By investing Justice K Chandiwal with the powers of a civil judge, the MVA govt could've proved its bona fides, writes Olav Albuquerque

A retired high court judge does not have the power to force unwilling witnesses to depose before him or submit vital documents as does a judge who has been appointed under the Commission of Inquiry Act (CoIA), 1952.

Even a judge appointed under CoIA can only submit a report to the appointing authority, which can accept or reject his findings. The Maha Vikas Aghadi government would have proved its bona fides if it had cloaked Justice Kailash Chandiwal with the powers of a civil judge under the CoIA.

When the Srikrishna Commission report into the 1992-93 Mumbai riots was tabled in 1998 by the Shiv Sena government in the Maharashtra legislative assembly after the Bombay high court directed it to do so, the House rejected the report as “one-sided and biased against a certain community”. The high court could do nothing, which proves governments can thwart judicial findings.

Aguiar Report

In 1999, the Bombay high court rejected the findings of the Judge A S Aguiar Report in 1998 holding an innocent peanut vendor had been killed in cold blood -- having been assumed to be a gangster called Javed Fawda -- as well as two gangsters, Sada Pawle and Vijay Tandel. The bench, comprising Justices N Arumugam and Ranjana Desai, junked the Aguiar Report which was thorough and submitted its findings after being appointed by a previous bench of the same high court comprising Justices Ajit Shah and J A Patel. Rarely, justice and the judiciary do not mix.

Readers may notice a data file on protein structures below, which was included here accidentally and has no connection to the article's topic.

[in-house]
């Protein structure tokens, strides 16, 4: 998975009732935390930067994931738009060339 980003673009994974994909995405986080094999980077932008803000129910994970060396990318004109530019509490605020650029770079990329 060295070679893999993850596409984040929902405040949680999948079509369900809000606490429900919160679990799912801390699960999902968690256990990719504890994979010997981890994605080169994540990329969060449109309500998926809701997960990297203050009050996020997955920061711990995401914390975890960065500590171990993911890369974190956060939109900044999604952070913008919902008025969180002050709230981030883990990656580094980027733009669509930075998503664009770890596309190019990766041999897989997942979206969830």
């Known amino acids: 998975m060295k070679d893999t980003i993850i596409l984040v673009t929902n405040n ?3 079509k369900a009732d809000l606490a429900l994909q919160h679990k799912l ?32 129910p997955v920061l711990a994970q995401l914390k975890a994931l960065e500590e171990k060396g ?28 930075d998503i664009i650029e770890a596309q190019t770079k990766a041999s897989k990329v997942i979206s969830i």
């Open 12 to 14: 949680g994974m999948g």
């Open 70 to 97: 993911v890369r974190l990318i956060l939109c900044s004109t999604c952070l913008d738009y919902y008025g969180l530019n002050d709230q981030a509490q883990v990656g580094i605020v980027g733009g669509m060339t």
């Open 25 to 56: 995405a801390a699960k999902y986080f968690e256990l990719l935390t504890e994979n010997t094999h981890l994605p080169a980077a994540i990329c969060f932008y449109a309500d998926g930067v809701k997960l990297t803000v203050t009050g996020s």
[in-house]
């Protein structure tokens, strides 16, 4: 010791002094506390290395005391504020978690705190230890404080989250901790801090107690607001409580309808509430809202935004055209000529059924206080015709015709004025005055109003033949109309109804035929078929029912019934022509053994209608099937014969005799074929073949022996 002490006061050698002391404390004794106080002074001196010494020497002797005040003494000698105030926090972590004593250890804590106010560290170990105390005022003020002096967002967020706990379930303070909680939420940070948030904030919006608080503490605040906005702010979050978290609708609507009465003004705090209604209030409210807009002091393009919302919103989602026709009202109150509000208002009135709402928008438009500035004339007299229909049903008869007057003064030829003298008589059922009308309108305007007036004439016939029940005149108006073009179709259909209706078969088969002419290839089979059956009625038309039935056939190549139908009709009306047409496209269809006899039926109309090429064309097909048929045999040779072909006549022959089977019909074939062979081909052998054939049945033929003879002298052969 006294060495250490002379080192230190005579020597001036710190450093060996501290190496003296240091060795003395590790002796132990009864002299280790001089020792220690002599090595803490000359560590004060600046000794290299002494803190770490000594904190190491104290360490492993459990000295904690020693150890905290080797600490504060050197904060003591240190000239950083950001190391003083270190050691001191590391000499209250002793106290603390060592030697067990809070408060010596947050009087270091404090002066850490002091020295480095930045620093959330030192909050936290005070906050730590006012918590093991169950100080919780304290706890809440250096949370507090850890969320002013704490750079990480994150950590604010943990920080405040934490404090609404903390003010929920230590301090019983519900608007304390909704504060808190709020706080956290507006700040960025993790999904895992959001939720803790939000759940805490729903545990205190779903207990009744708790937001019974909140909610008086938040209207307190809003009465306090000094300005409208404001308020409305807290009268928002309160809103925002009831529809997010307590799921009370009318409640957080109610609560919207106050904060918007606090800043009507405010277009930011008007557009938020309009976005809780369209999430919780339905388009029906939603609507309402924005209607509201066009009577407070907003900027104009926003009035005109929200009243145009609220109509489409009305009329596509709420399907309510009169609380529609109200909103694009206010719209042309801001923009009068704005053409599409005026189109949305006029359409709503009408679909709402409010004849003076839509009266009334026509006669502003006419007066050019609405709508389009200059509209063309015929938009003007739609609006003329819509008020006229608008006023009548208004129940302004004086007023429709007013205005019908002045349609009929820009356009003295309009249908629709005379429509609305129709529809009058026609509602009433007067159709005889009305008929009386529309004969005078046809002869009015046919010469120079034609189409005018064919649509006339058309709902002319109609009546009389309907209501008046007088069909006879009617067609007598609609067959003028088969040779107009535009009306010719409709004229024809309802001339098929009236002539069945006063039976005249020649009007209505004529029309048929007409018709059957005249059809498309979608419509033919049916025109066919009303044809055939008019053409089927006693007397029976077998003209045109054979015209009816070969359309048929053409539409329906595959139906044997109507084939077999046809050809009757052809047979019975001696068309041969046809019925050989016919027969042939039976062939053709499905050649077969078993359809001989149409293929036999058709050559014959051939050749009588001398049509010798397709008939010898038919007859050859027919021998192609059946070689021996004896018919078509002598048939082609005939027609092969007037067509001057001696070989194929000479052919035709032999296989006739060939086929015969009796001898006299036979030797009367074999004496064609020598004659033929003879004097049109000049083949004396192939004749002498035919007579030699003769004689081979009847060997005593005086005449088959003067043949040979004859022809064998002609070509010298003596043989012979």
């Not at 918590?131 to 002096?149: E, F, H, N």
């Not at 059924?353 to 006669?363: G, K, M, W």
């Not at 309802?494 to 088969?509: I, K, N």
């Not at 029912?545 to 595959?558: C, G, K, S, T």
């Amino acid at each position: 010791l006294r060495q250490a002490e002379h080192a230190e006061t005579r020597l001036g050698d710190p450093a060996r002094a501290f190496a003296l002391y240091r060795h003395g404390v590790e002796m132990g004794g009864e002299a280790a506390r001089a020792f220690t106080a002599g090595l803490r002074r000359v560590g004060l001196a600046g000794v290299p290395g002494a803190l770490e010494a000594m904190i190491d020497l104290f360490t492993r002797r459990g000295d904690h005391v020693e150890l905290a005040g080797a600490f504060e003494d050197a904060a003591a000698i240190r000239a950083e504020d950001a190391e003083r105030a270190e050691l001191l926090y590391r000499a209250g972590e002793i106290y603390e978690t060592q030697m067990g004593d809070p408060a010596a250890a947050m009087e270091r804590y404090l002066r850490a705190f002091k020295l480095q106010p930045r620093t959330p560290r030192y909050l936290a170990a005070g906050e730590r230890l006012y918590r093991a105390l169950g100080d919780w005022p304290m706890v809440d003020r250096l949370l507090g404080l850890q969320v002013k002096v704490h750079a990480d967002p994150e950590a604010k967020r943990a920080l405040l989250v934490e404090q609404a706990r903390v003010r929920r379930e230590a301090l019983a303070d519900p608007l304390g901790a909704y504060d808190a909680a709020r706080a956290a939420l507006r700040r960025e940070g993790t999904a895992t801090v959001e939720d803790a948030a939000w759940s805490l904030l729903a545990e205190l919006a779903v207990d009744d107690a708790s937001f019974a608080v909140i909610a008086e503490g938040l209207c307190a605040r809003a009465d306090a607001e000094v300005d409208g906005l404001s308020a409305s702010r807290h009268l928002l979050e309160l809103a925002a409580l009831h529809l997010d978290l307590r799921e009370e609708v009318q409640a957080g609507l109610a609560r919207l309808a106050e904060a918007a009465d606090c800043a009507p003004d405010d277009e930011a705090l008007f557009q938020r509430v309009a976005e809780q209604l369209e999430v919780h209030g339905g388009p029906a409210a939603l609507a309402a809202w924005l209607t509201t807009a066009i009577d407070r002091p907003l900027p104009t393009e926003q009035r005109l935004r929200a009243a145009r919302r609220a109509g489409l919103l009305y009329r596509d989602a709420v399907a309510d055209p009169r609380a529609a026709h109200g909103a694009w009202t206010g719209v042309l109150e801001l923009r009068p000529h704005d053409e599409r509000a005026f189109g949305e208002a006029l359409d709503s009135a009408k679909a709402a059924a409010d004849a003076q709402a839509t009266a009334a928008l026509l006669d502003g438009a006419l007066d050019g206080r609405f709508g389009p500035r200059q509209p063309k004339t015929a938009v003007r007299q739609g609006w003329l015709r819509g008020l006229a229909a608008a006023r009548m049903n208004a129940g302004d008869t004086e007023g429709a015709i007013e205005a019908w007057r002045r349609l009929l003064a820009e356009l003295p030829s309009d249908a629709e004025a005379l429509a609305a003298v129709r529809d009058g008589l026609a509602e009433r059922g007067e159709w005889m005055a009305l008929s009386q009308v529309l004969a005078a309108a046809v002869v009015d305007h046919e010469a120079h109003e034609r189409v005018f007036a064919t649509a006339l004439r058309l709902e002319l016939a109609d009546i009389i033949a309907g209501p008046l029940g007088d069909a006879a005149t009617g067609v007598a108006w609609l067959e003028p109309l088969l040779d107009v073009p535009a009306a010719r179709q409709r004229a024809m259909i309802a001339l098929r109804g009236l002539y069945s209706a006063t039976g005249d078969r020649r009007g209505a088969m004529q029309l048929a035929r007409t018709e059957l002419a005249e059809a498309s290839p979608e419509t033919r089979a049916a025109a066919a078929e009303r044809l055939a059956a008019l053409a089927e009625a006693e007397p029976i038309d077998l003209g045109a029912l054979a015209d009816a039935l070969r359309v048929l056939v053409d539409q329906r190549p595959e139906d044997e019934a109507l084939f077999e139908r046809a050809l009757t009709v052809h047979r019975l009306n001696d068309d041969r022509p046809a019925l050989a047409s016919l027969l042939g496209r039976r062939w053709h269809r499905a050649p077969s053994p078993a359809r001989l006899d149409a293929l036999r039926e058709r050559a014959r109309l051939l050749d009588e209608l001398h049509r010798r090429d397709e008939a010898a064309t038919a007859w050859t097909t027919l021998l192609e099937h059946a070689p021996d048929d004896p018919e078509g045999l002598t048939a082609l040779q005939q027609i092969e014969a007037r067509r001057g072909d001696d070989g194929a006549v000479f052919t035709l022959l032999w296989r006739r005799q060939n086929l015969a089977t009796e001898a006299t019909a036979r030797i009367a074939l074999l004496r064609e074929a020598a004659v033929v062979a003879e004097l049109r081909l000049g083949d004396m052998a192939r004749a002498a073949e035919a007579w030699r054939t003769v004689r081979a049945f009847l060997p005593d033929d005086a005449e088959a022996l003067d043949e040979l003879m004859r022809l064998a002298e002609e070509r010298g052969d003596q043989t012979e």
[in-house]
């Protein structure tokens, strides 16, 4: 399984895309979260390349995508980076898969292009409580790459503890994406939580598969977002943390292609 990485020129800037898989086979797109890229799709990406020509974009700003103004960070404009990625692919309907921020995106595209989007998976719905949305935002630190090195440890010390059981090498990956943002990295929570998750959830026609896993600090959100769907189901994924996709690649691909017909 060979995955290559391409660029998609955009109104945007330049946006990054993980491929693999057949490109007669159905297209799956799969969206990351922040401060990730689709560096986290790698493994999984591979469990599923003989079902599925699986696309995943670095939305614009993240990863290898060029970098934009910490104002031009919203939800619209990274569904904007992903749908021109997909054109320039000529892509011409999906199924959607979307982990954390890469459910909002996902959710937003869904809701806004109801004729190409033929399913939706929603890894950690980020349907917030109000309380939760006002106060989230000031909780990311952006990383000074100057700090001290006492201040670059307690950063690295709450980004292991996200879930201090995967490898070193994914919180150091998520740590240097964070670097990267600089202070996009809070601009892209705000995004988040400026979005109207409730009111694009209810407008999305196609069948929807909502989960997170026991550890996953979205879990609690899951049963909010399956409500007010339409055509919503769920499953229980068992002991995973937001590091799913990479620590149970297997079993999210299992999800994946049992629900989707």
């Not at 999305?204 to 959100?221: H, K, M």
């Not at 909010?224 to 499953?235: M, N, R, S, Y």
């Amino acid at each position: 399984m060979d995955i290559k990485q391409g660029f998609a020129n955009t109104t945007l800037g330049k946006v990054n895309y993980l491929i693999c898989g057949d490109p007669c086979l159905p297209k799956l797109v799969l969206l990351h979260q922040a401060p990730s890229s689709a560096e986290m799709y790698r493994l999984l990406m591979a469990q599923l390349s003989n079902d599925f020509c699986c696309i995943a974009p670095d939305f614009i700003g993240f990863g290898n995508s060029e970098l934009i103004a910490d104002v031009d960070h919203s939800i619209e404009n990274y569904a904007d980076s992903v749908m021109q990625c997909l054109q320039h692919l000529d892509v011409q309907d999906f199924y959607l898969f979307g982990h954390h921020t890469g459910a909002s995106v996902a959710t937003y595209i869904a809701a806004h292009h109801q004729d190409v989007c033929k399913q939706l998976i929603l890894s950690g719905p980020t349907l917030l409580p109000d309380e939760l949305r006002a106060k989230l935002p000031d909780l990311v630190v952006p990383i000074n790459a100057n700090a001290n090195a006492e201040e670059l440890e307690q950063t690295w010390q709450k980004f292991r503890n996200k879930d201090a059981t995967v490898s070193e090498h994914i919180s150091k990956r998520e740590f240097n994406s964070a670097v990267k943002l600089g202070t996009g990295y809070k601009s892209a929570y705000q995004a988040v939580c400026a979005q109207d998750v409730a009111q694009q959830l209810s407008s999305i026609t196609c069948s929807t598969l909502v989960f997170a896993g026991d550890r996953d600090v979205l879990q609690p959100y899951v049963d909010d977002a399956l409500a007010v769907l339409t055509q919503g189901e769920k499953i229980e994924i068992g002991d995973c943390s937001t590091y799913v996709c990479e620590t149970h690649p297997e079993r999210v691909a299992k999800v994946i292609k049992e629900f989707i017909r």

So, by not investing Justice Kailash Chandiwal with the powers of a court under the CoIA, the MVA government has followed its predecessors. First, appoint a retired judge as a one-man probe panel. Then either reject the findings or ensure he has no judicial powers to summon witnesses to produce evidence.

The conclusion appears obvious: The retired judge will have no choice but to state there appears no evidence to prove that Home Minister Anil Deshmukh forced Vaze to collect Rs 100 crore from 1,750 liquor bars and eating houses. So, those behind Deshmukh will never be exposed. And the people will be told that Param Bir Singh wanted to destabilize the government.

UAPA case

In sharp contrast, the smashed laptops, DVRs and other electronic material dumped in the Mithi river which have now been recovered will be used to convict Sachin Vaze under the stringent Unlawful Activities Prevention Act because the NIA has recorded him being taken to the Mithi river to point out where he dumped the electronic evidence.

The UAPA has section 43E, which mandates the court will presume an accused like Sachin Vaze is guilty of a terrorist act if any evidence is recovered at his instance and bears his fingerprints. So, in a karma catch-up, Vaze will pay for allegedly killing 63 men, one of whom was Mansukh Hiran.

What is surprising is that while hearing the PIL filed by Param Bir Singh, the division bench comprising Chief Justice Dipankar Datta and Justice Girish Kulkarni asked the petitioner to first file an FIR before the court could order an inquiry. But the high court has the power to convert the disgraced police chief’s petition into an FIR or order the police to register an FIR.